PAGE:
Days 4-5: 1/14 and 1/15 The last few days have been exceptionally busy, but I do miss my daily dose of LinkedIn. As of yesterday afternoon, I’m also rocking red hair, so I missed out on posting the obligatory, “Look at my new hair post.” A tomato and carrot mixed = the color. I have been picking up my phone more. I pick it up, and put it down once I realize what I’m doing.

Days 6-7: 1/16 and 1/17 Yesterday I had a lovely solo dinner after work at one of my favorite Houston haunts -Liberty Kitchen on Studewood. I usually use my phone as a back-up if I don’t meet someone interesting to chat with or if Micah, my longtime bartender friend, isn’t there. Luckily, I met a father and son duo (Hi, Pat and Landon), and we had a great conversation about books, plays, food, and, social media. Landon said he has a problem too. We looked around at those at the bar, and there were probably seven people engaged with their phone rather than with their neighbor or guest. Tonight I’m visiting with a good friend that I haven’t seen in a while. Human connections for the win!

Days 8-9: 1/18 and 1/19 Saturday night I had two of my long-time bff’s over, Celine and Bruce. They have known me for over 15 years at this point. Celine and I looked at pictures and talked about her recent trip home to France while Bruce was mentally preparing for the Houston Marathon (he was running the half, saving his energy for Boston!) I spent the morning cleaning, reading, and shopping for spaghetti supplies. Ended the day with red wine (Becker Vineyards!) and an early night. On Sunday, my sister relayed that she had worked out 6 of the past 7 days and had begun a no-carb diet. She also said she had been cleaning her house and spending more time with her kids. Looks like we are moving in the right direction! I still pick up my phone WAY too much. And, I have been texting quite a bit.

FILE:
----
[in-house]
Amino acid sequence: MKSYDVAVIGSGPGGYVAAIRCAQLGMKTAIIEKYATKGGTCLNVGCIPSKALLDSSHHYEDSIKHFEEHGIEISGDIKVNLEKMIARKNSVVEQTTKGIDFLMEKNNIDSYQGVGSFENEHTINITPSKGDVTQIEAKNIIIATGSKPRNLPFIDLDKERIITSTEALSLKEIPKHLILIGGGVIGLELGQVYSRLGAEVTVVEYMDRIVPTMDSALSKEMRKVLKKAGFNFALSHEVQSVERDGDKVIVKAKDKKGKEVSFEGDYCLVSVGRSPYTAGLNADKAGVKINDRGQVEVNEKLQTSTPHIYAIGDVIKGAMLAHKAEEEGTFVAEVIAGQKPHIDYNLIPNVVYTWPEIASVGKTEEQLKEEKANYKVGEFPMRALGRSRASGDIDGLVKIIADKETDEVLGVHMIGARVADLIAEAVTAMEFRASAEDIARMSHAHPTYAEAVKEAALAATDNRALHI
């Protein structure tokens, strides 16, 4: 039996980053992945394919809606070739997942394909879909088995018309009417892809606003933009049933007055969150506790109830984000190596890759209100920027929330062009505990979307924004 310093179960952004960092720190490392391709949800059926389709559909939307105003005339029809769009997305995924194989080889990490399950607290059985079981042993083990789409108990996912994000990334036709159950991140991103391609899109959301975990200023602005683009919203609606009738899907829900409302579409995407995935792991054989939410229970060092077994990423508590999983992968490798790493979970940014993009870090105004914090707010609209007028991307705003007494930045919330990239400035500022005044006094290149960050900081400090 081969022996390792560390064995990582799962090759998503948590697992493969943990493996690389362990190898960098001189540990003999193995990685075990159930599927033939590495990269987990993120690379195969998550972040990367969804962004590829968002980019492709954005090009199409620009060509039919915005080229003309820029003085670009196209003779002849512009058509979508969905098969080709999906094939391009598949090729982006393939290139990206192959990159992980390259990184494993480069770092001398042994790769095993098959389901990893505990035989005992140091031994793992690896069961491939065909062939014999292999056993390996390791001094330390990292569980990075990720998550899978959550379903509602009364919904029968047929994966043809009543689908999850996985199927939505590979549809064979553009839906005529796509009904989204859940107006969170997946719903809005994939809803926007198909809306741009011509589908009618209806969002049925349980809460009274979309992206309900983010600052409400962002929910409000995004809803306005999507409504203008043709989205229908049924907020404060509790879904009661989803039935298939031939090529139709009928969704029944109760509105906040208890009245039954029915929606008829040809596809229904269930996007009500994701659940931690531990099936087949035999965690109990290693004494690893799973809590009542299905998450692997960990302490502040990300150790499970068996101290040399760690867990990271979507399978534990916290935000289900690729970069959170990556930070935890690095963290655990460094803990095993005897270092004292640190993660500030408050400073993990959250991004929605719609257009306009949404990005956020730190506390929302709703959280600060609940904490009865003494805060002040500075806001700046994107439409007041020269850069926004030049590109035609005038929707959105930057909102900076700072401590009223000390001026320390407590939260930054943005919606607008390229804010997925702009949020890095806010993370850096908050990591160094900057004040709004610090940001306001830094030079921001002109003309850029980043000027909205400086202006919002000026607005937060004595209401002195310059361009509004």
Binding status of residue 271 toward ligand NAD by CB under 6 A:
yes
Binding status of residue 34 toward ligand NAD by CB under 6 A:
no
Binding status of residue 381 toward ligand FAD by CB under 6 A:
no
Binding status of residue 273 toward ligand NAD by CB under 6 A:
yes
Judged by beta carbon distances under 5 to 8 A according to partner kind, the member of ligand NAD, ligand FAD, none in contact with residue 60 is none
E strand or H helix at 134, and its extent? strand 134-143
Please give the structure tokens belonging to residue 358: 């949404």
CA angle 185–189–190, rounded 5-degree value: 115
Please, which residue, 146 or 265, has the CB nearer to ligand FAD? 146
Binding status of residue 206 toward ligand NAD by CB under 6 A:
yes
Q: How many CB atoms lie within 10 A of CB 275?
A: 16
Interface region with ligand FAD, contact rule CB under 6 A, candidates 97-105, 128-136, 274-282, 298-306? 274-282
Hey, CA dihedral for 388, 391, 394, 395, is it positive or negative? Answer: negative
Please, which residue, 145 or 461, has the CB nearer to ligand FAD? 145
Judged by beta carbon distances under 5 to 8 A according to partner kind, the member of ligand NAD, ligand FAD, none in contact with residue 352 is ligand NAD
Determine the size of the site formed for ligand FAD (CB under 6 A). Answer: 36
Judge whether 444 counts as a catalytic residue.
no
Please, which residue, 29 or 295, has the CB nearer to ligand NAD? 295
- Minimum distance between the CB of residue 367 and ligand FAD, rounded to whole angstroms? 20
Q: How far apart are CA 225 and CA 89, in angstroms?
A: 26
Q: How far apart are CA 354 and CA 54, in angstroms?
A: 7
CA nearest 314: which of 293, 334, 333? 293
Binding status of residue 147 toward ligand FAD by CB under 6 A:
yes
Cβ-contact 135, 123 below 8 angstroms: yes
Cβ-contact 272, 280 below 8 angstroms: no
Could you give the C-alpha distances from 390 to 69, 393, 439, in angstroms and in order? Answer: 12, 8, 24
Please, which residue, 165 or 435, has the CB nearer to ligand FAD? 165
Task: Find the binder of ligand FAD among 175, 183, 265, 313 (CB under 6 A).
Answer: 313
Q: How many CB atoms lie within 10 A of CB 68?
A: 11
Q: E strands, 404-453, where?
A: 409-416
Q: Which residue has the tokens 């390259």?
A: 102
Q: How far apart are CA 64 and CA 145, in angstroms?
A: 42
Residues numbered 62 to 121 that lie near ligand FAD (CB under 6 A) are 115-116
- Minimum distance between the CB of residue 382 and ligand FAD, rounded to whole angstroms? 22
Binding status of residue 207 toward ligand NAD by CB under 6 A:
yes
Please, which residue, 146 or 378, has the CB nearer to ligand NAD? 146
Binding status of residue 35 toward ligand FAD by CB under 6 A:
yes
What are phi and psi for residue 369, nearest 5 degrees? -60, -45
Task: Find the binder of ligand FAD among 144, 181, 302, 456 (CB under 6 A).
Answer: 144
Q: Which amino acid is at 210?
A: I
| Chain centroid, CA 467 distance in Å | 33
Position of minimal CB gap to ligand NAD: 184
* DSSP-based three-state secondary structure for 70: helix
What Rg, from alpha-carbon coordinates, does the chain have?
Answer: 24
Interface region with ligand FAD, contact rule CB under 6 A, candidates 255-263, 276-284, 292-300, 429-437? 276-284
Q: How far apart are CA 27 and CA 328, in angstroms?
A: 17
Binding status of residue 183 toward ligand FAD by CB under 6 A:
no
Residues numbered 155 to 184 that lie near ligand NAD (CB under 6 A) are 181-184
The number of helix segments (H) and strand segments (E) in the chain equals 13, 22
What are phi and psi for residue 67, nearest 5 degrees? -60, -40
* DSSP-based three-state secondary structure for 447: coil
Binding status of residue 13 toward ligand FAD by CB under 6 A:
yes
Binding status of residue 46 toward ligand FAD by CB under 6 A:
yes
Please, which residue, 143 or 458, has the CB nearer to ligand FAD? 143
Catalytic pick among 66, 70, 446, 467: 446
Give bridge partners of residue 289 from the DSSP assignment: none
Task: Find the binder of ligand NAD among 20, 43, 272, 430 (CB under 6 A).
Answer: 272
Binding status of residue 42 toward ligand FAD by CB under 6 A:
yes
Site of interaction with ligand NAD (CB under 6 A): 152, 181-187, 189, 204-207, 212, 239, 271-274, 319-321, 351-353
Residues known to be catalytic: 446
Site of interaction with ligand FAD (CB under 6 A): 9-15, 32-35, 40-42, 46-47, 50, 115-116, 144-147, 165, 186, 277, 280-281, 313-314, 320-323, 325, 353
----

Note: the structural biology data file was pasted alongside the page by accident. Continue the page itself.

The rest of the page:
Days 10-16: 1/20 through 1/26 It’s been 15 days of no social media. I’m to the point now where I am not missing the platforms. My sister too. We both feel that there is no going back to the way we previously interacted with social media. My sister has started working out every day. She says she feels happier. I am less like a zombie when I have my phone with me, but I don’t feel completely unplugged as I still use and pick up my phone too much.

Days 17-23: 1/27 to 2/3 This weekend, I feel like I cheated a little bit. I did scroll a news feed on my phone for an hour. It was as mindless as my typical social media binge, so I am confessing. I know my distraction data at the end will now reflect this relapse. I do feel a little bothered by the fact that I’m missing out on certain social activities because many of my friends create invites only on the Facebook platform. I missed one of my best friend’s little girl’s birthday parties. I missed a memorial service of an old friend. This is the collateral damage of not being connected- though, overall, I feel more productive and happy.